By completing a Legal Health Check with Claire and working collaboratively with her caseworkers, the HPLC identified her multiple legal needs, and also gained an understanding of her complex relationship with her son, who has serious mental health concerns and lacks capacity.
Through several appointments with Claire at her crisis accommodation hostel, and continued contact with her caseworkers, the HPLC provided substantive advice in relation to the guardianship, administration and restrictive practices arrangements of Claire's son, including assisting with submissions to  the Queensland Civil and Administrative Tribunal. The HPLC also successfully negotiated an infringement notice waiver from a local council on compassionate grounds, and actively addressed her SPER fines. 
After overcoming many of her legal and non-legal issues, Claire is now residing in more secure accommodation. The efforts of the HPLC and Claire's caseworkers since late 2012 have also made it possible for her to be able to meet with her son for the first time in over 10 years.

Assisting a family to reunite

In 2008 the Refugee and Immigration Legal Service (RAILS) assisted Shera* to propose her mother for migration to Australia through the Refugee Family Reunion program. DNA tests requested by the Department of Immigration and Citizenship (DIAC) showed that Shera was not the biological child of the applicant, but that her two younger siblings were biological children of the applicant. Shera had been born in an ad hoc medical facility in a refugee camp, where identity tags were not used, and it seems that she had been inadvertently switched with another child soon after birth.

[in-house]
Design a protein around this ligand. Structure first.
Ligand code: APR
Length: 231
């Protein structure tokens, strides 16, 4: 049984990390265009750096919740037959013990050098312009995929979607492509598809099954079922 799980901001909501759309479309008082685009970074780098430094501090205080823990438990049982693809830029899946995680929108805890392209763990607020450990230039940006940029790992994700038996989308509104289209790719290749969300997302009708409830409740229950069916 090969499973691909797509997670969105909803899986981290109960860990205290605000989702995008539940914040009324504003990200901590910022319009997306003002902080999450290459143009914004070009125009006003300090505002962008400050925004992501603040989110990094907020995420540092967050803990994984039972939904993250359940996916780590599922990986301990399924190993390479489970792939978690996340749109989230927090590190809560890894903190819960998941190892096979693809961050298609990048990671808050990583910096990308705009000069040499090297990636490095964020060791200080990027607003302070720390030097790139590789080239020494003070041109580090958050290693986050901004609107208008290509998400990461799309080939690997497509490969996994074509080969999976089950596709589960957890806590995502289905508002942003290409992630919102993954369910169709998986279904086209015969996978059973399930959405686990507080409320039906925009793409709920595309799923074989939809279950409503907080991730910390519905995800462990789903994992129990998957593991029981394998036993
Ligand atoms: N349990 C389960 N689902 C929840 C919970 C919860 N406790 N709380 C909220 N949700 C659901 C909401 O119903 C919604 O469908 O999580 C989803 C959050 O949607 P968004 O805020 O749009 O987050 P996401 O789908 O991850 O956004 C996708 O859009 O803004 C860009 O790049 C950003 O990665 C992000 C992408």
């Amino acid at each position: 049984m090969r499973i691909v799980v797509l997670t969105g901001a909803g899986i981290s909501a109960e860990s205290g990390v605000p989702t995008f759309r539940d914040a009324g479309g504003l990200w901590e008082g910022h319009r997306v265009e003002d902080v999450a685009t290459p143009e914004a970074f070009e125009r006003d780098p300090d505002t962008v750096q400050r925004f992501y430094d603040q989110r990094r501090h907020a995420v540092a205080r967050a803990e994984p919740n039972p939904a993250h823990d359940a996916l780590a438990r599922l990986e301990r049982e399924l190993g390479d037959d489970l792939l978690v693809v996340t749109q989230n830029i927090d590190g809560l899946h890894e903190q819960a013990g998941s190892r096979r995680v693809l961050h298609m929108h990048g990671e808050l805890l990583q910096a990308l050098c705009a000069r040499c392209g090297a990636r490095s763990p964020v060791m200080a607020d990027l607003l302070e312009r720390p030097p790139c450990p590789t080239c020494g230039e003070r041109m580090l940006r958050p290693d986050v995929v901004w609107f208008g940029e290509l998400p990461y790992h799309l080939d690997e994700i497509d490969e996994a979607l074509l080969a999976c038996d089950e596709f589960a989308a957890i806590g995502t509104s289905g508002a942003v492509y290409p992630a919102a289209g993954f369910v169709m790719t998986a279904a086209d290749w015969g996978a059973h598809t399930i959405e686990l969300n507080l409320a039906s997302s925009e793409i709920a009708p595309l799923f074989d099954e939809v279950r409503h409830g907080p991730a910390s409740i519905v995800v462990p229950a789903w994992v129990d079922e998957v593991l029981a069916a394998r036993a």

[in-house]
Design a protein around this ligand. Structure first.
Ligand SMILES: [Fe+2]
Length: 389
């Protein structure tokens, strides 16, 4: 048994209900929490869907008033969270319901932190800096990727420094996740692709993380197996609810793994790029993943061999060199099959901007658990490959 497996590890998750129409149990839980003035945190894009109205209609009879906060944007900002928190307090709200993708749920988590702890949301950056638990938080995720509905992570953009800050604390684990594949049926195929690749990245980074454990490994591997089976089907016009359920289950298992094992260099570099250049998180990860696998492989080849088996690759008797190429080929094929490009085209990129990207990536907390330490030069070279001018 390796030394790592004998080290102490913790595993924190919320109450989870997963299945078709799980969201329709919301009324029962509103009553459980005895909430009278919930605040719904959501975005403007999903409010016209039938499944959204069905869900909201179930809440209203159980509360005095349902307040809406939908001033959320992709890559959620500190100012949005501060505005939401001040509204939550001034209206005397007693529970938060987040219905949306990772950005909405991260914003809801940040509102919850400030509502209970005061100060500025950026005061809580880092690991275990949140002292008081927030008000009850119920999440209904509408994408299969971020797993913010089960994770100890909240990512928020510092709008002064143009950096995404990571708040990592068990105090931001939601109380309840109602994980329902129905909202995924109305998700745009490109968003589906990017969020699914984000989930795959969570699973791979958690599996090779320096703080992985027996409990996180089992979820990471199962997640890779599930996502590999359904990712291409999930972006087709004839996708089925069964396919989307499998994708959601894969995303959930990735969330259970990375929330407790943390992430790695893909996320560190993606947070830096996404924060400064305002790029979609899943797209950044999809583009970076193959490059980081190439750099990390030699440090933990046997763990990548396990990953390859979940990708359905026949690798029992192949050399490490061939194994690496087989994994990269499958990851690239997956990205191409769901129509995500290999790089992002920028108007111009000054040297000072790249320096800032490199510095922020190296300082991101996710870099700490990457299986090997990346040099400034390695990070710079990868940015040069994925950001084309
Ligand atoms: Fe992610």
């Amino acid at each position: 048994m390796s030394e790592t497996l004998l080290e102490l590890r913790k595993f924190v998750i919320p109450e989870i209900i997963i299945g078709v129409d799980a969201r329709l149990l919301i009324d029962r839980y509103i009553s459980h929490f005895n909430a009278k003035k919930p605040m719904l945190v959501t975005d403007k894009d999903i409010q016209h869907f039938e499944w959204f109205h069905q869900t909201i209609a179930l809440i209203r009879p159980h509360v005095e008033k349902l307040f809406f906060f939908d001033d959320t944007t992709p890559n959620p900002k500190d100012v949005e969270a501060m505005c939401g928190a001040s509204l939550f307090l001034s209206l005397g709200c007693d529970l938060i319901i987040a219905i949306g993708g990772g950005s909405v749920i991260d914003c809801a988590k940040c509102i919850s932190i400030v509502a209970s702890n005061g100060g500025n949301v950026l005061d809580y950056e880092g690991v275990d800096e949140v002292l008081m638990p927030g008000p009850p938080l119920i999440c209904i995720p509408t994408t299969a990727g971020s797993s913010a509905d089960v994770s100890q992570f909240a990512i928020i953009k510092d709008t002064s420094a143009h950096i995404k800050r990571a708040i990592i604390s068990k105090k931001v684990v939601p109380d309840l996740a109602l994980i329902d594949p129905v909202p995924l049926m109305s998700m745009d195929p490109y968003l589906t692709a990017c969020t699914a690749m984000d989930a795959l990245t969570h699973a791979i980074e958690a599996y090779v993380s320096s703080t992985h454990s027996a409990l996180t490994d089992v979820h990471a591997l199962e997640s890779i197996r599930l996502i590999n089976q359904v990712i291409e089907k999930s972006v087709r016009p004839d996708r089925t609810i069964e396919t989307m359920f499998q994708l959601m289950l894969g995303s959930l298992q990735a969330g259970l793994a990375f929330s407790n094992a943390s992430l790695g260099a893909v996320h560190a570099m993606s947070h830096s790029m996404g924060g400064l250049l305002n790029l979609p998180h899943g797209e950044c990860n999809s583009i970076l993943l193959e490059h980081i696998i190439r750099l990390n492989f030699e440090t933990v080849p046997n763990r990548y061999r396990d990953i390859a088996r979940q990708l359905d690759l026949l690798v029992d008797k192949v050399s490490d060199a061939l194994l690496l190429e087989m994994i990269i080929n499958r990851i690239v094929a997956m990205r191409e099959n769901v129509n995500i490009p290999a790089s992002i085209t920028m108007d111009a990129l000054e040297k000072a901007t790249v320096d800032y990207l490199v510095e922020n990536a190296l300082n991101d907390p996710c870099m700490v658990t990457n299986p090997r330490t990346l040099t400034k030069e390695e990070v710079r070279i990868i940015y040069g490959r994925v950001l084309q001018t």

DIAC initially accepted this explanation and continued processing the application. However, there was significant delay, the matter was re-allocated to a different case officer, and in early 2012 the application was refused.
There is no merits review of such decisions. There is also a time limit on proposals, which had elapsed while this application was being processed. It appeared that these children had no prospects of being re-united with their mother.
RAILS filed an application to the High Court under its original jurisdiction, seeking to have DIAC reconsider the application. The issue to be determined was the correct construction of “parent” in the Migration Act.
After an initial hearing, the Minister conceded the case, and remitted the matter for further processing.

* Names have been changed.

Queensland needs specialist
tenancy advocates

The Queensland Government has announced that it will not continue to fund the vital Tenancy Advice and Advocacy Services across Queensland. These services provide advocacy and support to tens of thousands of vulnerable households every year, and act to prevent families being evicted into homelessness.

QAILS supports the continued funding of these important services, to ensure that people in crisis can access specialist advocates. CLCs value the role of TAAS services, and regularly refer clients to these agencies for support in tenancy disputes. Without sustained funding for TAAS services, Queensland's 500,000 renter households will lose a vital support service.

Find out more.

Community lawyers recognise volunteers working to improve access to justice

In May, communities around Australia recognised the valuable contribution of unpaid workers as part of National Volunteer Week, while at the same time lawyers are reaching out to the community as part of Law Week. It’s fitting that these weeks overlap, as volunteers make a huge contribution to community legal centres to ensure ordinary Queenslanders are able to access legal advice and assistance, especially at times of crisis.
A 2012 survey of 19 Queensland CLCs showed that 844 volunteers contribute 1,357 hours per week in Queensland’s CLCs, in addition to 3,623 hours contributed through formal pro bono programs each year.